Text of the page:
In downtown Ekalaka sits Montana’s first county museum, the Carter County Museum (CCM).
Dubbed the epicenter of dinosaur discoveries, this off-the-beaten-path museum holds artifacts and paleontological remains dating 75 million years ago. A visit here is a step back to the dinosaur era.
History of Carter County Museum
Carter County Museum started way back in 1936 in Ekalaka, Montana. The Carter County Geological Society (paleontologists and archaeologists) were the founders of this county museum. It’s the first museum to showcase dinosaurs that roamed Big Sky Country.
Although little known, the museum displays unique paleontological findings in the USA. It also houses millions of artifacts that show how early Carter County settlers and Native Americans lived.
Carter County was home to numerous dinosaur species about 75 million years back. When the museum was formed, its mission was to collect, study, and display dinosaur fossils discovered on local ranches.
Today, alongside the dinosaur exhibit, CCM houses collections focusing on natural history, homestead, and ranch life, not forgetting a veteran’s room covering people from this county that went to war.
Top Exhibits in Carter County Museum
Dinosaurs and age-old artifacts dominate this Montana museum.
The Carter County Museum is among the fourteen museums located on the Montana Dinosaur Trail. And while science museums in the county house dinosaur fossils, the CCM itself has several significant fossils.
Dinosaur exhibits in the museum include:
- A skeleton of an Anatosaurus copei – This mounted giant hadrosaur is among the about five specimens present in the USA. This display and two other hadrosaurs found at the American Museum of Natural History, New York City, were discovered about 30 miles west of Ekalaka.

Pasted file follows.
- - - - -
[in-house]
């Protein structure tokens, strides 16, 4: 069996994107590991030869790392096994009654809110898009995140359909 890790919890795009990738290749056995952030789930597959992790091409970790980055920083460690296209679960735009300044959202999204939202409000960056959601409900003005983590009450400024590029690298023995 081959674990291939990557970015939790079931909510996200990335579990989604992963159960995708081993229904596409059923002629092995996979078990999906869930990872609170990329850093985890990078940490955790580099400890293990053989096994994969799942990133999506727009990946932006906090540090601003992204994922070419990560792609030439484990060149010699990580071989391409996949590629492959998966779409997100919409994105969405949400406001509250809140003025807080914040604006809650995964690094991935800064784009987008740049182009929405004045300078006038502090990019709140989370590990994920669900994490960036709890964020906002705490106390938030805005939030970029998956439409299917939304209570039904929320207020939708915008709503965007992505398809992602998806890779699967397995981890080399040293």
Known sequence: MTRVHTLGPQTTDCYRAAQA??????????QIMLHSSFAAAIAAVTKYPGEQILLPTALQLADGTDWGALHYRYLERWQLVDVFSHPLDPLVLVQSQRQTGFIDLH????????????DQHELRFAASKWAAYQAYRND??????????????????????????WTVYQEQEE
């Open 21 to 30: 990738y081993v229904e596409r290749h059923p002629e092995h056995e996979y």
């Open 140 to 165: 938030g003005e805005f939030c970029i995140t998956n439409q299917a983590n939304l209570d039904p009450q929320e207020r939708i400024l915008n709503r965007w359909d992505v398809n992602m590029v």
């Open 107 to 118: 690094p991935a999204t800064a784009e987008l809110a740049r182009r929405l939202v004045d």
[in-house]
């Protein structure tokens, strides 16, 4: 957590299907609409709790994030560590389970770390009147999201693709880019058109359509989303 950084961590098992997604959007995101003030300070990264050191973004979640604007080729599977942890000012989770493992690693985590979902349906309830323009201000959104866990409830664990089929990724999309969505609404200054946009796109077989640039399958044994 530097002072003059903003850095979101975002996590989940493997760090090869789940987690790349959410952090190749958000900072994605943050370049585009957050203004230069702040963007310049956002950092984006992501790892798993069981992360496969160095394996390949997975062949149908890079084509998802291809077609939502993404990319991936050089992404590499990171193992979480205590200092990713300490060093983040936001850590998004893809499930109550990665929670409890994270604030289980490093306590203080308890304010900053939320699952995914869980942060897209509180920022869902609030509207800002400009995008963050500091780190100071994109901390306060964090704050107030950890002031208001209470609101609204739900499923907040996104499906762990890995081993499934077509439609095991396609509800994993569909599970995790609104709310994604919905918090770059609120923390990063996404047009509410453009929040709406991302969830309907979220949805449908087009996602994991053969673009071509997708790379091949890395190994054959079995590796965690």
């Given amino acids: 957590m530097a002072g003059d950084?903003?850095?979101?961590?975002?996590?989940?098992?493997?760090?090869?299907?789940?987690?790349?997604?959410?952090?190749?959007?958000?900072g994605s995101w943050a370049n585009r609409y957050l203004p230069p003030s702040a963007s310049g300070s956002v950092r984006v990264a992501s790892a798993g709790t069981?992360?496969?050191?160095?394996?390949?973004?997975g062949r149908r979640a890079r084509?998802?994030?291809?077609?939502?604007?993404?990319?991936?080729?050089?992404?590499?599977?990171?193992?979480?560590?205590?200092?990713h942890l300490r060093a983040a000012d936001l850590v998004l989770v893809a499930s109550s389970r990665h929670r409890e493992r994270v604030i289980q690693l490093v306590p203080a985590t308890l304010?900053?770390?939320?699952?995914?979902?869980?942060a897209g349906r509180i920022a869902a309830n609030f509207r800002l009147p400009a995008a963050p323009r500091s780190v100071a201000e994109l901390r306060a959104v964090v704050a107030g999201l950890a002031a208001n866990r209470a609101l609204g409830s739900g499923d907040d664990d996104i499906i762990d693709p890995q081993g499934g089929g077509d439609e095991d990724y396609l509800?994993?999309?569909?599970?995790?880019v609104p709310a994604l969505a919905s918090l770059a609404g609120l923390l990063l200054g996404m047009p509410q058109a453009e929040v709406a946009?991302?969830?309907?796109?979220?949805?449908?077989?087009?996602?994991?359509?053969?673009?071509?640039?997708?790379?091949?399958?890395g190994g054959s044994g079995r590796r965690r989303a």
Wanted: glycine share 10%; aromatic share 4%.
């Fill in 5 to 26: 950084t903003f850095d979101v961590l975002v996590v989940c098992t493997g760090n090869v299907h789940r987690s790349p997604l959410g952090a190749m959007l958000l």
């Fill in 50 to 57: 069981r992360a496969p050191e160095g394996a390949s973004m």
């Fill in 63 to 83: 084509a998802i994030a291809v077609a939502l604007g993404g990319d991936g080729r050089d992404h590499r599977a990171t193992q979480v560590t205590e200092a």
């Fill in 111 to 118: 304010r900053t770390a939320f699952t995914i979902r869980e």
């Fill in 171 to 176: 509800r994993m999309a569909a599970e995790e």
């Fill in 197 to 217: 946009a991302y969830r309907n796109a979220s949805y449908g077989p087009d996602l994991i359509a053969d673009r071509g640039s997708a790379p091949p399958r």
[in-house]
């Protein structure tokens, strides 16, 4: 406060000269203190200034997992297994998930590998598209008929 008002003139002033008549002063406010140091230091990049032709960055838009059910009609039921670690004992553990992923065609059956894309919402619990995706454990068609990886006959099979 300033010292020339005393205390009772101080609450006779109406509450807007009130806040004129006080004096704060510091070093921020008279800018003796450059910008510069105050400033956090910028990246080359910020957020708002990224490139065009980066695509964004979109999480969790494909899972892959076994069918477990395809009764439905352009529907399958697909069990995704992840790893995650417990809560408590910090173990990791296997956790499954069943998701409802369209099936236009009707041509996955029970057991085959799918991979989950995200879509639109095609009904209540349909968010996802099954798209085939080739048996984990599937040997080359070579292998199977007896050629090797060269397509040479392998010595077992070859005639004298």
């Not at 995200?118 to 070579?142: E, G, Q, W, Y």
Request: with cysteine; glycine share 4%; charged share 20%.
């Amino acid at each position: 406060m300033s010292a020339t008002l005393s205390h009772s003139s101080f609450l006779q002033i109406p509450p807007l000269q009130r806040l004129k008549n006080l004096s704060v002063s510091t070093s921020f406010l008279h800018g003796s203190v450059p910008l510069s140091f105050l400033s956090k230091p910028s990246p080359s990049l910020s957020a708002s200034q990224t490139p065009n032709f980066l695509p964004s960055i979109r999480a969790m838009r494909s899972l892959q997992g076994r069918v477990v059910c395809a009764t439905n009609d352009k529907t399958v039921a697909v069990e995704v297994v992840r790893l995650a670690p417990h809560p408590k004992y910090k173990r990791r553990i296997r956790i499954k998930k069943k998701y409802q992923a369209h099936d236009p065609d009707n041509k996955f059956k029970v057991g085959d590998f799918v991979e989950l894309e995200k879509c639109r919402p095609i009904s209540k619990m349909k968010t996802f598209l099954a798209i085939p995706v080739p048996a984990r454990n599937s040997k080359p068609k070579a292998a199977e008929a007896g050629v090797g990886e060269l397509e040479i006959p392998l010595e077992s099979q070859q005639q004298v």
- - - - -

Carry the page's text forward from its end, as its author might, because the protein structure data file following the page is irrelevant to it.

- A complete skull of a three-horned Triceratops horridus
- A skull of Pachycephalosaurus wyomingensis, the dome head
- An entire skull of Nanotyrannus lancensis, commonly known as the juvenile Tyrannosaur
- A mounted skeleton of Edmontosaurus annectens
Other paleontological findings mounted and cast in the museum include:
- Ankylosaurs species
- Other genuine dinosaur bones
Most of these fossils were collected on private land back in the 1930s and 40s.
Local and Natural History
The Carter County Museum is not all about dinosaurs. It allocates significant display space to geological findings, animal remains, and numerous exhibits. Below are some of the exhibits that dot the museum’s spaces.
- Firearm exhibits
- Pictures of ghost towns and urban settings
- Old equipment used by people in the early life of Ekalaka
- Life flavors for the early inhabitants of the west
- Ice Age hunting tricks and techniques of the Paleoindian people
- Life story on the plains
- Rodeo-Tooke Bucking Horse Collection
- Yearbooks of Carter County
- Audiotapes covering tales of Ekalaka, Carter County
Annual Dino Shindig
In 2013, CCM established the Dino Shindig. This is an annual event where scientists make speeches to the locals about what they do in the area.
Jack Horner and Kirk Johnson are among the scientists who have given lectures previously. The gathering brings together dinosaur enthusiasts, paleontologists, adults, kids, and anyone curious about Montana’s history.
Dino Shindig occurs every last weekend of July and attracts global attendance. The culmination of this event is live music, kid activities, street dance, and a tour of the Hell Creek, where community members and fossil enthusiasts can have a real first-hand experience in the paleontology field.
Season and Visiting Hours
The Carter County Museum is open all year round except during federal holidays. In winter, from December 1 to March 31, it’s open for visitors from nine to five on weekdays and 1-5 pm on weekends (Saturday and Sunday).
In Summer, from April 1 to November 30, you can visit the museum from 9 am to 5 pm on Mondays to Saturdays and 1-5 pm on Sundays.
Groups visiting the CCM need to make reservations. However, if you’re on your holidays in Montana, a walk-in requires no reservation. CCM is a free museum.
Ekalaka town sits 70 miles north of Alzada and 35 miles south of Baker, at the Carter County Road 323 and Montana State Highway 7 junction. The Carter County Museum is situated at 306 North Main Street within the town.
Nearby Attractions and Facilities
Visitors looking for nearby restaurants and lodges can look for accommodation at Guest House Motel or Midway Motel, both in Ekalaka.
Other attractions in the area include: